1. This is a truly shocking story. What a horrific end to a lovely caring woman. Her distraught family have been extremely brave in making known the harrowing details of Teresa’s untimely death. This will surely alert other families to the hidden dangers inherent in trusting those in charge of our mental health system. I think the Sligo Champion in its reporting of this inquest has made a relevant contribution to our awareness of the high handed/indifferent attitude of the so called professionals involved in Teresa’s “care” Listing the medication prescribed is also an important issue.
    I hope that the coroner Dr Moran’s handling of this inquest will lead to the changes that have long been called for by the families of the many victims of psychiatric drugs.
    “He stressed the importance of communication between medical staff and families of patients with a psychiatric illness.There should be proper supervision when changes in medication occur, he added.”
    I take this to mean that a family doctor should also communicate with the family so that a young girl of 17 without a great deal of life’s experiences of normal ups and downs would have an informed parent to supervise her when prescribed Cipramil. This parent/caring adult was told ” It’s very safe not like the older drugs, but there won’t be any improvement for about 2 weeks. The depression might even feel worse for a while but just stick with it” There was no indication that there might be a whole new set of problems – adverse reactions to be aware of.These were called a worsening /return of depression. Tapering over a short time resulted in a diagnosis of “clinical depression” and the callous comment that she could be like this for the rest of her life. She was handed a prescription for more medication. She took her own life by hanging the following day. She was 20. Of course that was “the depression not the medication”.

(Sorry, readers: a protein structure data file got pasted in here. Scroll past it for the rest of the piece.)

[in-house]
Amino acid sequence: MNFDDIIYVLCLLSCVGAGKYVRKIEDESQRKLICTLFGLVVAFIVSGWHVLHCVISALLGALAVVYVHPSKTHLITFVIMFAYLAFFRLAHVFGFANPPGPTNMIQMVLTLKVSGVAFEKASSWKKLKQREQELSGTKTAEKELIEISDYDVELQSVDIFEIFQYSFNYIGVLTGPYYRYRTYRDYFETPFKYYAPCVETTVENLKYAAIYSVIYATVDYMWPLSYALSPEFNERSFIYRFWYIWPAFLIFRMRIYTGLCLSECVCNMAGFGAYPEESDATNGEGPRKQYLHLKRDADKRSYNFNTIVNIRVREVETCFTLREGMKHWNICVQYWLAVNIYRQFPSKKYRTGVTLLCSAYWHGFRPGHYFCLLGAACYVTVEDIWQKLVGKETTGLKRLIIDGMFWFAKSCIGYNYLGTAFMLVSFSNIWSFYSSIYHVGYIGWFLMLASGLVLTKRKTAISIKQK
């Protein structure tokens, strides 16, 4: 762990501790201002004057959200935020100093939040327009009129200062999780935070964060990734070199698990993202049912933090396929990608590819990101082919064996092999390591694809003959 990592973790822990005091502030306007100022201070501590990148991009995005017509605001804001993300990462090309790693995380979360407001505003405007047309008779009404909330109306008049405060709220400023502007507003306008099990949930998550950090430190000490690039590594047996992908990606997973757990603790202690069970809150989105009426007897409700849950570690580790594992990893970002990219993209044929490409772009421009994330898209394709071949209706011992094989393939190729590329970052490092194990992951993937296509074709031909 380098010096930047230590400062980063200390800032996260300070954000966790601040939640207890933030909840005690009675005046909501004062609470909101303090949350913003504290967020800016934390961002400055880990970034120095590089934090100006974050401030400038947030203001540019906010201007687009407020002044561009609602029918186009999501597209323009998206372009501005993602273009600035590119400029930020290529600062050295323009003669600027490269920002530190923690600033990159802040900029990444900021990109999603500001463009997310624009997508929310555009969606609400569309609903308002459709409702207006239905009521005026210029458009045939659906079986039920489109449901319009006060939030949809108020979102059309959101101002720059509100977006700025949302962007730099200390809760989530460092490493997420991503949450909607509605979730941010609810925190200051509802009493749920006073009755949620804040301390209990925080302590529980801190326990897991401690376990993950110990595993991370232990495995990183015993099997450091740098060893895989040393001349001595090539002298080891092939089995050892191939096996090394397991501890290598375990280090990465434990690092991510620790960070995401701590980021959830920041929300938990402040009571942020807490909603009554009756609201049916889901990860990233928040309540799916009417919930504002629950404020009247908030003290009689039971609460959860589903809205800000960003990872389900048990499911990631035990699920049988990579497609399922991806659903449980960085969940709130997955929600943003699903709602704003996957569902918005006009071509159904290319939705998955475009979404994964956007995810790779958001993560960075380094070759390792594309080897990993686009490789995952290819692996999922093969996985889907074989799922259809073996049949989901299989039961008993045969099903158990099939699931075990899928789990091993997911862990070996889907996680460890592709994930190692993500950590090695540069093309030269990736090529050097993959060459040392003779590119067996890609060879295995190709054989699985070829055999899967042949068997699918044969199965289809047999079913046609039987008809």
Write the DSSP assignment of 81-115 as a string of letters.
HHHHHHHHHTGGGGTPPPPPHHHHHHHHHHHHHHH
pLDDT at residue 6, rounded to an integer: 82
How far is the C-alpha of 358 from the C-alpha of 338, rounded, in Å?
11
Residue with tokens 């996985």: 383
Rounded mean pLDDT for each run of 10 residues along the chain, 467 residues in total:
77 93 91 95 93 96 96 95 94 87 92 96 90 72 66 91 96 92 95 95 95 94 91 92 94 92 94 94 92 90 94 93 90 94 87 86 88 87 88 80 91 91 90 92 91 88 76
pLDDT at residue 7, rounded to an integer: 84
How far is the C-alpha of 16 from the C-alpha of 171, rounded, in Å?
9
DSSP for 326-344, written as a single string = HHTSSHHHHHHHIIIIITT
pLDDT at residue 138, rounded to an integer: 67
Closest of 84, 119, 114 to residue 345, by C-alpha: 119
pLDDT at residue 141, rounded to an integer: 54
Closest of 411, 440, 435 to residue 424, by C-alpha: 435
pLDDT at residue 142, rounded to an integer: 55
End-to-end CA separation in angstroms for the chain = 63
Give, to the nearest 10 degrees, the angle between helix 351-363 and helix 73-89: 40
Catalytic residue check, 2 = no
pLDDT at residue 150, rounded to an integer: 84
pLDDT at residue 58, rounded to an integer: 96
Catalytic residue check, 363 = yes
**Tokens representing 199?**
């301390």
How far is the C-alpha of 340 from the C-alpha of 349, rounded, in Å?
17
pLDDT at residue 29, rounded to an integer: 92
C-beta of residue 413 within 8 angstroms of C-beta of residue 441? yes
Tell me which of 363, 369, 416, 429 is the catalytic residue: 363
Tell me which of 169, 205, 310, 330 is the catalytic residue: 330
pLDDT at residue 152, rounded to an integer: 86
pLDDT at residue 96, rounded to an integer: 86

1. Hi Sarah,
      Yes it is a terrible story and the family did a great job in Teresa’s memory. My friend, who’s a bit of a Sherlock Holmes when it comes to finding these articles, send this one to me. The Coroner did a great job – not the usual rushed, open and shut ‘suicide’ inquest. Families are usually lucky to get a 20 minute hearing and no explanation of whether prescription drugs could have played a part or not.

      As we know, this statement “It’s very safe not like the older drugs” is a lie. They are less toxic than older tricyclic antidepressants, true, but it’s quite possible to die from an SSRI overdose all the same, including with Cipramil. Saying that there won’t be any improvement for about 2 weeks and to stick with it, that it might even feel worse for a while – in the case of a person having an adverse reaction, this is the worst advice to give, and sometimes fatal as we know!


      1. Shocking and appalling treatment of an elderly lady. Personally, I think psychiatric drug deaths, overdoses and psychiatric induced suicides, are one of the remaining dark scandals and taboo’s in society. Keep shining a spotlight on them Leonie 🙂